I should probably mention there really isnt any space for more fans apart from along the top.

The CPU is running at between 40 to 63 ish while gaming, and 29 to 45 while on chrome / watching youtube.
GPU runs about 69 to 74 while gaming and 30 to 35 give or take while on chrome and watching youtube.
I'm concerned that these will rise considerably with the arrival of the 3080 as at the moment because the card is reasonably low powered I am running games at low settings and at 2560x 1440, my screen is a native 3440 x 1440 but the 970 cannot handle it. Obviosuly I am hoping to start playing at higher settins btu realise this means my temps will rise.

I get changing the case would likely be the best option but I don't have complete faith in my ability to do this without breaking something and the bank is a little dry now after buying the 3080 and the fans so i cannot afford to relace anything I may break :)
Also every case on the market these days has a glass side panel and that really isnt my thing...

Edit: If I do end up going the route of a new case, my mother board is as I understand an ATX, that means I need an ATX case right?

Thankyou for the reply by the way
 

gregjmonaghan

Prominent
Jan 15, 2019
3
0
510
0
big mistake is that case u even can have good airflow :)...best option is buy new case...and sold that if u can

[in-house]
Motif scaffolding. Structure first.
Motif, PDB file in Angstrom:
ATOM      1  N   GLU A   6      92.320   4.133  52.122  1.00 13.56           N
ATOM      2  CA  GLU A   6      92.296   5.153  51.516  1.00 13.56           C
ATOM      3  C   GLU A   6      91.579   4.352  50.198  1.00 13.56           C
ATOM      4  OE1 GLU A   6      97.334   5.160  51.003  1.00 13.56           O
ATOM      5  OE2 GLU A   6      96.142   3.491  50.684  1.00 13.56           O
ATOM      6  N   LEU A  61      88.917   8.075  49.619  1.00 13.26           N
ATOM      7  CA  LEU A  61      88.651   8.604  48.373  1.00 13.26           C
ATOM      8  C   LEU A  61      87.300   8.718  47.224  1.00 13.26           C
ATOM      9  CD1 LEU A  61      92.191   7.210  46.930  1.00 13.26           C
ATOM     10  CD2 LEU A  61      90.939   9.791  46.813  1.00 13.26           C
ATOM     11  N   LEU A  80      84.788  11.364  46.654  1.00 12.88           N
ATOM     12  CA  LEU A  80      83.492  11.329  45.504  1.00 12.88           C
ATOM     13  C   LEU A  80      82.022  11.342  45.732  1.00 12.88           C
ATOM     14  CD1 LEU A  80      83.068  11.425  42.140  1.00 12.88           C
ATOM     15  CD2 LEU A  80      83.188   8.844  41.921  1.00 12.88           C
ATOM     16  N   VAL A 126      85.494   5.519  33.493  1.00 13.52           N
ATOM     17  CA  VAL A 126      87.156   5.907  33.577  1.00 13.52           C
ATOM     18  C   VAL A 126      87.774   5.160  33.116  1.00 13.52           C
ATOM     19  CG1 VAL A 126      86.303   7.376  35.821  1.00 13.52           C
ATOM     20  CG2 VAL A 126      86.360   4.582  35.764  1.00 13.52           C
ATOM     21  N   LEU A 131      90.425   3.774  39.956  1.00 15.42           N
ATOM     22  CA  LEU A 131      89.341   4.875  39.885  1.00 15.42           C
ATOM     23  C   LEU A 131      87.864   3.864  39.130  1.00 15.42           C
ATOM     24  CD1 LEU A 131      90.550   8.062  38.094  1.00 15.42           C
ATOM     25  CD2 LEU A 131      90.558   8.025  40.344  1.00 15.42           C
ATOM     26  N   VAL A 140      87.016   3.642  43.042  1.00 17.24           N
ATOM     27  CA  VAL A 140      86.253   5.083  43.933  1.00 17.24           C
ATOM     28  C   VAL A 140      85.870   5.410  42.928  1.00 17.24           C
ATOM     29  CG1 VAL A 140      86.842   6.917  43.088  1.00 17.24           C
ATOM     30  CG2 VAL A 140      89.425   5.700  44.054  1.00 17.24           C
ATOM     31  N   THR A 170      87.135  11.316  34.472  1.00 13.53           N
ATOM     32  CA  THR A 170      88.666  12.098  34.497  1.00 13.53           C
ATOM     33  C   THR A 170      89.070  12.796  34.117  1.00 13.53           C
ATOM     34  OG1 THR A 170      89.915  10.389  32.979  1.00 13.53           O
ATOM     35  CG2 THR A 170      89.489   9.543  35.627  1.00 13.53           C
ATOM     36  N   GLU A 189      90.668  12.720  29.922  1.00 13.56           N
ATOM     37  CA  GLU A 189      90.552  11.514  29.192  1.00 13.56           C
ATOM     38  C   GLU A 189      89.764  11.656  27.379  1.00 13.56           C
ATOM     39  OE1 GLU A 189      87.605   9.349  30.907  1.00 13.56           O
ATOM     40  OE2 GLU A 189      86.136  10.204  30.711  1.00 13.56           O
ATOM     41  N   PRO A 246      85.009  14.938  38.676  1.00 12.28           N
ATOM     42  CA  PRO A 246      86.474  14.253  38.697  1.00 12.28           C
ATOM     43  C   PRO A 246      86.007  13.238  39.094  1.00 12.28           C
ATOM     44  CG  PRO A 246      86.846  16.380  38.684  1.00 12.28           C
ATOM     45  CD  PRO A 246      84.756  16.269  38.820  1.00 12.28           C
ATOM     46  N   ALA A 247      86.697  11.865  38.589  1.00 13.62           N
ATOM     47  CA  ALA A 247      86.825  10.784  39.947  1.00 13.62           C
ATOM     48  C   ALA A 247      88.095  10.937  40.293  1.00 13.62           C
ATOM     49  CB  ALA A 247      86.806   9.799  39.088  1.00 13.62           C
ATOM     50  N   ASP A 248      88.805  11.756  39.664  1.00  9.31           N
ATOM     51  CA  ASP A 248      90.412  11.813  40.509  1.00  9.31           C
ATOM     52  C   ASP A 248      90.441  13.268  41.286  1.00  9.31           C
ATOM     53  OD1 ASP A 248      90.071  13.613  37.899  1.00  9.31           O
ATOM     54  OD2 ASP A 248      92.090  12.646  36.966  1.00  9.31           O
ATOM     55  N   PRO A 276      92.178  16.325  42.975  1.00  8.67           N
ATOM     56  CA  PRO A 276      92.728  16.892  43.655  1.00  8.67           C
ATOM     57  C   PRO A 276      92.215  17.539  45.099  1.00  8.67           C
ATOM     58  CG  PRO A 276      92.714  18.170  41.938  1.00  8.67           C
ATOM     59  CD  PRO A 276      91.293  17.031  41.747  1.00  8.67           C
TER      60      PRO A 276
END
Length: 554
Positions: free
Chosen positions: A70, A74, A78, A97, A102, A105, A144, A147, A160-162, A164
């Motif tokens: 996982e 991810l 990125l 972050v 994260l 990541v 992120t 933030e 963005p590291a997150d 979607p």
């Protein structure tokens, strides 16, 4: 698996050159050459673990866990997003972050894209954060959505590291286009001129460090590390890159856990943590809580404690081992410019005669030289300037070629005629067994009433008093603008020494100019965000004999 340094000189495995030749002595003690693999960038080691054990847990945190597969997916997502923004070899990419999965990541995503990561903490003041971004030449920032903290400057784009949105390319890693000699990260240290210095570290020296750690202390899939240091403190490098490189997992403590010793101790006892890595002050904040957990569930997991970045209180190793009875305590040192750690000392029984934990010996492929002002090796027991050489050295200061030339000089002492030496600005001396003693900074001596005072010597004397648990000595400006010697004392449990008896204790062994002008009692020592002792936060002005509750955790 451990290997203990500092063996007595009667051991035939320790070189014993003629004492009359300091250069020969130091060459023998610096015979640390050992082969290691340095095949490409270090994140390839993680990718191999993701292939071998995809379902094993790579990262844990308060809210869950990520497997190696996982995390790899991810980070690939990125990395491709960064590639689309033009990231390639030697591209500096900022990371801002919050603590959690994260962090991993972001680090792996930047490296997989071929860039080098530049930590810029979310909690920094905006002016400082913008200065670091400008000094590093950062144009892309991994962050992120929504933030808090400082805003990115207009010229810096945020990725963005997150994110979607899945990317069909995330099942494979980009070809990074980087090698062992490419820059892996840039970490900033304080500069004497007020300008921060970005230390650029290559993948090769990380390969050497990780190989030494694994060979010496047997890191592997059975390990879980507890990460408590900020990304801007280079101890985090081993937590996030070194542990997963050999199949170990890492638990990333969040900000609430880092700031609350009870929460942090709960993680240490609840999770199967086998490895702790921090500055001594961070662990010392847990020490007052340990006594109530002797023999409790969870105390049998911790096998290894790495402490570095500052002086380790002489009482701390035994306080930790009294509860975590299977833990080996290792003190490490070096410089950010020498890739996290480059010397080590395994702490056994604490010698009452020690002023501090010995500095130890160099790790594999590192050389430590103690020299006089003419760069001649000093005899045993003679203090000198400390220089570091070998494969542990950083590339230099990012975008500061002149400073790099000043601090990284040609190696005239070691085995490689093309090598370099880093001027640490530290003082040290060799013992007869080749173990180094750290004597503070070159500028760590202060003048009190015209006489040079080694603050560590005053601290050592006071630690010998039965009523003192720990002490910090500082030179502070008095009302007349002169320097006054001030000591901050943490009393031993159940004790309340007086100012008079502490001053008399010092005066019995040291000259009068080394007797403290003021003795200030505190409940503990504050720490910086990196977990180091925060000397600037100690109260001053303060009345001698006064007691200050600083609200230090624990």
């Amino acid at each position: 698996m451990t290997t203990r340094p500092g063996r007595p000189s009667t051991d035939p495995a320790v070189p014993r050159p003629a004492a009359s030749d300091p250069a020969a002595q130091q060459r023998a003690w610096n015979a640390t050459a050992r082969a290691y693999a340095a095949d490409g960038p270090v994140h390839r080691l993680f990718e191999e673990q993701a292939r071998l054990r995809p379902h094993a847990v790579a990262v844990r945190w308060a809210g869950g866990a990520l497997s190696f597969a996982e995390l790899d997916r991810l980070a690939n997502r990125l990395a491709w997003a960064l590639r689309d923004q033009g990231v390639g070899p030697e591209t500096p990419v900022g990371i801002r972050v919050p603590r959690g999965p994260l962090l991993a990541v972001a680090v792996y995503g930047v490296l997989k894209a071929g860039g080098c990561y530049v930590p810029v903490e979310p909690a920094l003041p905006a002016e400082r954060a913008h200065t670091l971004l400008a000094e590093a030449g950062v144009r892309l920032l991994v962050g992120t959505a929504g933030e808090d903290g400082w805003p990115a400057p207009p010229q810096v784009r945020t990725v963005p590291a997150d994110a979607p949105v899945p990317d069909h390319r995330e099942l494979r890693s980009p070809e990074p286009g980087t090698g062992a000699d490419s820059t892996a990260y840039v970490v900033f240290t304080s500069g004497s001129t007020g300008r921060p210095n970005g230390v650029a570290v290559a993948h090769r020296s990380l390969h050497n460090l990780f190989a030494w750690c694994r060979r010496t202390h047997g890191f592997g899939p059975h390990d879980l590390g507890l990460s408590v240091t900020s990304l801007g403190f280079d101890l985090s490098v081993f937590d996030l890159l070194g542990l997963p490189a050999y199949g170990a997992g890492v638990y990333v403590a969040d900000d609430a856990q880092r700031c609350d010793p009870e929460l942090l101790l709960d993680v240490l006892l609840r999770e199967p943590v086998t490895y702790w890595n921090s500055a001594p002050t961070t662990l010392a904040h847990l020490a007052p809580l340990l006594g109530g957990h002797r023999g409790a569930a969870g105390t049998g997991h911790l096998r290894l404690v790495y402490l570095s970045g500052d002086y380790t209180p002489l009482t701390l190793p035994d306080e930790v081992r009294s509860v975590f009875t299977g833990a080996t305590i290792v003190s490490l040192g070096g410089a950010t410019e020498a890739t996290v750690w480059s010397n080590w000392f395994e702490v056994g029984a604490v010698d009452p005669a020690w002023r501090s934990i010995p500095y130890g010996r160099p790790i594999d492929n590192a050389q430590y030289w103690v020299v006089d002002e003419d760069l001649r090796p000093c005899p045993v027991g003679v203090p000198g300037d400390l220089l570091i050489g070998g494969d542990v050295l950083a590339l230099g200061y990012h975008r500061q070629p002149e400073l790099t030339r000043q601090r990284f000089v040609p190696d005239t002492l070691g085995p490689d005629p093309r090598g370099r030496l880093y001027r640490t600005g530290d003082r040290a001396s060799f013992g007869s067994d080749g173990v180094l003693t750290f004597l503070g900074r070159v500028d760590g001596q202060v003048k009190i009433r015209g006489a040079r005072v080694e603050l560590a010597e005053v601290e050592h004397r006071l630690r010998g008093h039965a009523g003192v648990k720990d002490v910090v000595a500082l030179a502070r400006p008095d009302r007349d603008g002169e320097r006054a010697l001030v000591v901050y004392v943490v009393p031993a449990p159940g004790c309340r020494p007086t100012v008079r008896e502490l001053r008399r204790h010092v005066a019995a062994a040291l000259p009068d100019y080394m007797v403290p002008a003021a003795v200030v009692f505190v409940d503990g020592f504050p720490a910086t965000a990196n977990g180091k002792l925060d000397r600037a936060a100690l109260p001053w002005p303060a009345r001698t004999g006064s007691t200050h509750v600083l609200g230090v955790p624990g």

Selling likely isnt an option at this point, I have drilled nearly a thousand small holes in the front panel to try and turn it into almost mesh so if i do have the front panel on it can actually draw air. In testing the front panel now doesnt make any difference when its on or off.
 

Zerk2012

Titan
Ambassador
Honestly the silence part was a non issue for me, the case I ordered was out of stock and they offered me this one, it looked smart so I accepted. Im not too fussed about noise tbh
Wasnt sure if I should list specs or not as it was a long post but as follows;

MSI Z390 Tomohawk
I7 - 9700k with noctua cooler ( I forget which one but seems to be a possibly 92mm fan at 25mm depth, push only not push-pull)
4x8GB LPX vengence 3200
3 x Samsung EVO 860s of various sizes (dont think this would affect anything much)
And up until a month ago a 1080Ti, which never really had any problems. I had to RMA it and they couldnt repair so I got a refund and am waiting on my ASUS 3080 to arrive. At the moment I am using an old gtx970 I picked up second hand on the cheap

I should probably mention there really isnt any space for more fans apart from along the top.

The CPU is running at between 40 to 63 ish while gaming, and 29 to 45 while on chrome / watching youtube.